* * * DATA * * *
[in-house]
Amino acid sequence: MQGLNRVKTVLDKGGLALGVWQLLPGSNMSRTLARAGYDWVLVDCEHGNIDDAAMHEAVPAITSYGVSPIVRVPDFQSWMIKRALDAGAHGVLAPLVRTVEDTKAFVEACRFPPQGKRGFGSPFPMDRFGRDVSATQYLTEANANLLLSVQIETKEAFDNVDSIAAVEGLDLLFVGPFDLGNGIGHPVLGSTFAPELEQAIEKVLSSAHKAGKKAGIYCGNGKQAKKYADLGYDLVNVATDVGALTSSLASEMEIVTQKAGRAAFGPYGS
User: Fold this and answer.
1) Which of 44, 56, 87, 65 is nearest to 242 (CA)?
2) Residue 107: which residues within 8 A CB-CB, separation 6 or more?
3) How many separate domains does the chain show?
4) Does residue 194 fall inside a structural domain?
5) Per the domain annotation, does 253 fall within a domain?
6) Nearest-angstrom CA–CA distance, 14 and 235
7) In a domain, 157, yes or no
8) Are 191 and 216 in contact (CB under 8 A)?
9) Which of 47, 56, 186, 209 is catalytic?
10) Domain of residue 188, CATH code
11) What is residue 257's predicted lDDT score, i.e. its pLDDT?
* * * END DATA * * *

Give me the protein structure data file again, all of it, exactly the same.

[in-house]
Amino acid sequence: MQGLNRVKTVLDKGGLALGVWQLLPGSNMSRTLARAGYDWVLVDCEHGNIDDAAMHEAVPAITSYGVSPIVRVPDFQSWMIKRALDAGAHGVLAPLVRTVEDTKAFVEACRFPPQGKRGFGSPFPMDRFGRDVSATQYLTEANANLLLSVQIETKEAFDNVDSIAAVEGLDLLFVGPFDLGNGIGHPVLGSTFAPELEQAIEKVLSSAHKAGKKAGIYCGNGKQAKKYADLGYDLVNVATDVGALTSSLASEMEIVTQKAGRAAFGPYGS
User: Fold this and answer.
1) Which of 44, 56, 87, 65 is nearest to 242 (CA)?
2) Residue 107: which residues within 8 A CB-CB, separation 6 or more?
3) How many separate domains does the chain show?
4) Does residue 194 fall inside a structural domain?
5) Per the domain annotation, does 253 fall within a domain?
6) Nearest-angstrom CA–CA distance, 14 and 235
7) In a domain, 157, yes or no
8) Are 191 and 216 in contact (CB under 8 A)?
9) Which of 47, 56, 186, 209 is catalytic?
10) Domain of residue 188, CATH code
11) What is residue 257's predicted lDDT score, i.e. its pLDDT?